Canadian Underwriter

Who’s heading Fairfax’s effort to improve opportunities for the Black community

November 5, 2020   by Greg Meckbach

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Craig Pinnock, chief financial officer of Toronto-based Northbridge Insurance, is heading the Black Initiatives Action Committee for Fairfax Financial Holdings Ltd., Northbridge’s corporate parent.

The Black Initiatives Action Committee has one representative of the Black community from each of the seven Fairfax-owned companies in North America and Britain, Fairfax CEO Prem Watsa said Oct. 30 during a conference call announcing Fairfax’s third-quarter financial results.

In addition to Northbridge, Toronto-based Fairfax also owns several global insurers including Odyssey Group, Allied World, Brit PLC and Crum & Forster.

One reason Fairfax formed the Black Initiatives Action Committee is to create more opportunities for people from the Black community and for minorities, said Watsa, who founded Fairfax in 1985.

During the Fairfax Q2 earnings call July 31, Watsa said he has joined the Canadian Council of Business Leaders Against Anti-Black Systemic Racism, which formed The BlackNorth Initiative.

Watsa announced Pinnock’s appointment Oct. 30.

Before his appointment as Northbridge CFO in 2008, Pinnock held various roles at other insurers, including CFO of Liberty Mutual Group’s Canadian branches and as global head of reinsurance accounting and administration for Liberty International Underwriters. Pinnock is a chartered accountant and holds a commerce and economics degree from The University of Toronto.

“Having worked with several insurance companies in Canada, I have seen nurturing, sponsoring and mentorship programs,” said Chris Cornell, KPMG Canada’s national sector leader for insurance, in an earlier interview. Cornell was not commenting specifically on Northbridge or Fairfax, but in general on diversity and inclusion in the P&C industry.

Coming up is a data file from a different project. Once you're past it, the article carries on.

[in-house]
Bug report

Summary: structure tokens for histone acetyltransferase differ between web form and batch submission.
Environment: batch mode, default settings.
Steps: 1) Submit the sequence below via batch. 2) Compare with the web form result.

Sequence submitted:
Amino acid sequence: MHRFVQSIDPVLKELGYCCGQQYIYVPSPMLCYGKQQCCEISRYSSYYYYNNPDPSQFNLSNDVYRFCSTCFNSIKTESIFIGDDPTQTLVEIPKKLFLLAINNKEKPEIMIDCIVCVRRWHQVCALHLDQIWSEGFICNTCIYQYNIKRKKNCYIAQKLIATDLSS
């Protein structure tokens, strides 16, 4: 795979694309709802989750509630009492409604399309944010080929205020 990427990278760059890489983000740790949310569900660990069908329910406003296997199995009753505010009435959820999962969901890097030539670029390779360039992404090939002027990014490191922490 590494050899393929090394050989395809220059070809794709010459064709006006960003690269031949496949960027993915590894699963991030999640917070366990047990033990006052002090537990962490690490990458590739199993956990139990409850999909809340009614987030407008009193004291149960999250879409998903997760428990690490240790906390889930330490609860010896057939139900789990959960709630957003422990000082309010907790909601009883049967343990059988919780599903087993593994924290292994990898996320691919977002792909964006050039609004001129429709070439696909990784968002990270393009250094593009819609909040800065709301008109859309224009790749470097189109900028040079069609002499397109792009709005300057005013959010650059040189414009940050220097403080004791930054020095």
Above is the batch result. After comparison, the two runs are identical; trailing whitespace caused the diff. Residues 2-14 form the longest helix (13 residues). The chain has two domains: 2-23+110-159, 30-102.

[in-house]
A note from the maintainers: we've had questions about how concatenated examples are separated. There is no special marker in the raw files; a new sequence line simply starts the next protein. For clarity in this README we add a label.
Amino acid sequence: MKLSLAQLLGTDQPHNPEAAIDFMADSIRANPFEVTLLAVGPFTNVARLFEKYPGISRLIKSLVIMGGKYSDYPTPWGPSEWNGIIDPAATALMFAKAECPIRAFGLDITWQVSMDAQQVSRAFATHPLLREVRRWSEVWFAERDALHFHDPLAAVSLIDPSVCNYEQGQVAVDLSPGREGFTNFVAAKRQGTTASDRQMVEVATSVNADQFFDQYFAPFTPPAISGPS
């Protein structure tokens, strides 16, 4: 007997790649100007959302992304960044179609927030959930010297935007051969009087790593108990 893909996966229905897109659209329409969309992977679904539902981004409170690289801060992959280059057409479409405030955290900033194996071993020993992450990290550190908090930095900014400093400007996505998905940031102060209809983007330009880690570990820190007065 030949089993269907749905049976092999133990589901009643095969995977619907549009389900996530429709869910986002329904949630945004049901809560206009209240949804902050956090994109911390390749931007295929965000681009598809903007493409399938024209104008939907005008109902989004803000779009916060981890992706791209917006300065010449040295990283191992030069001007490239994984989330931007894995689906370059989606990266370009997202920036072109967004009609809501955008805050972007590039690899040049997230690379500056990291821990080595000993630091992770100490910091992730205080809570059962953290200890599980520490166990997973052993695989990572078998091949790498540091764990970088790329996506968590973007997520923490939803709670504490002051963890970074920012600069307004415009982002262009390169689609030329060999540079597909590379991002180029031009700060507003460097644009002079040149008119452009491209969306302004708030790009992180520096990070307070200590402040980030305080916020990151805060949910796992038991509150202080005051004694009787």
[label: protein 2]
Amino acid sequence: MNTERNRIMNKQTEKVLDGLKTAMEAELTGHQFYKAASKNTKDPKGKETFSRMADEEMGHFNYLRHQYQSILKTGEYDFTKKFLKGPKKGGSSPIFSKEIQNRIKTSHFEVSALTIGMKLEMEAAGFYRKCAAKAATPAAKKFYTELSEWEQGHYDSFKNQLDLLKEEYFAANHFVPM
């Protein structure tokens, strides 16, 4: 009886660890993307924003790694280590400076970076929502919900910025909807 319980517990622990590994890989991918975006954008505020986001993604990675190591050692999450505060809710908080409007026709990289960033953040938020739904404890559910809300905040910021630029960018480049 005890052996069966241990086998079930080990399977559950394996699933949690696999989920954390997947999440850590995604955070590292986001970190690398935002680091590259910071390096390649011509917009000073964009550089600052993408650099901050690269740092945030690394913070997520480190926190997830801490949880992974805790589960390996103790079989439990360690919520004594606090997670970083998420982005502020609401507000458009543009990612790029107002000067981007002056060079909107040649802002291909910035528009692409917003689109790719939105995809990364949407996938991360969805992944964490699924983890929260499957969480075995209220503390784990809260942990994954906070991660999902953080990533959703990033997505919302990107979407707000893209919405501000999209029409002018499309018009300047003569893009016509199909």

“The concept of bringing your whole self to work and feeling comfortable in doing that is important for anyone in order to move up through the ranks and get a management position or an executive position. Without that comfort, it’s very challenging for people do be able to do so,” said Cornell.

P&C executives have told Canadian Underwriter the industry has more work to do in ensuring those at the senior management level reflect the diversity of the general population.

“When [visible minority employees] don’t see people who look like them within the leadership ranks, that is somewhat of a tell in terms of, ‘Am I going to be able to reach my aspirations in this organization if they are not hiring leaders that look like me or have similar backgrounds?” said Michael Thompson, associate vice president and co-chair of the Black Employee Network at TD Insurance, in an earlier interview.

“The horrible situation down in the U.S. certainly elevated the importance of eliminating racism,” said Mary Lou Maher, Toronto-based global head of inclusion and diversity for KPMG, in an earlier interview with Canadian Underwriter.

Maher was not asked about Fairfax specifically but in general about diversity and inclusion in the P&C industry.

“I do think the most recent events have really shone a light on the BIPOC (Black, Indigenous and people of colour) communities. There is work to be done in the BIPOC area,” Maher said, alluding to protests earlier this year in the aftermath of the killing of George Floyd after he was arrested in Minneapolis.

“We need to do a little bit more in looking at our processes and looking at our decisions, which may not be as bias free as we would like,” said Maher.

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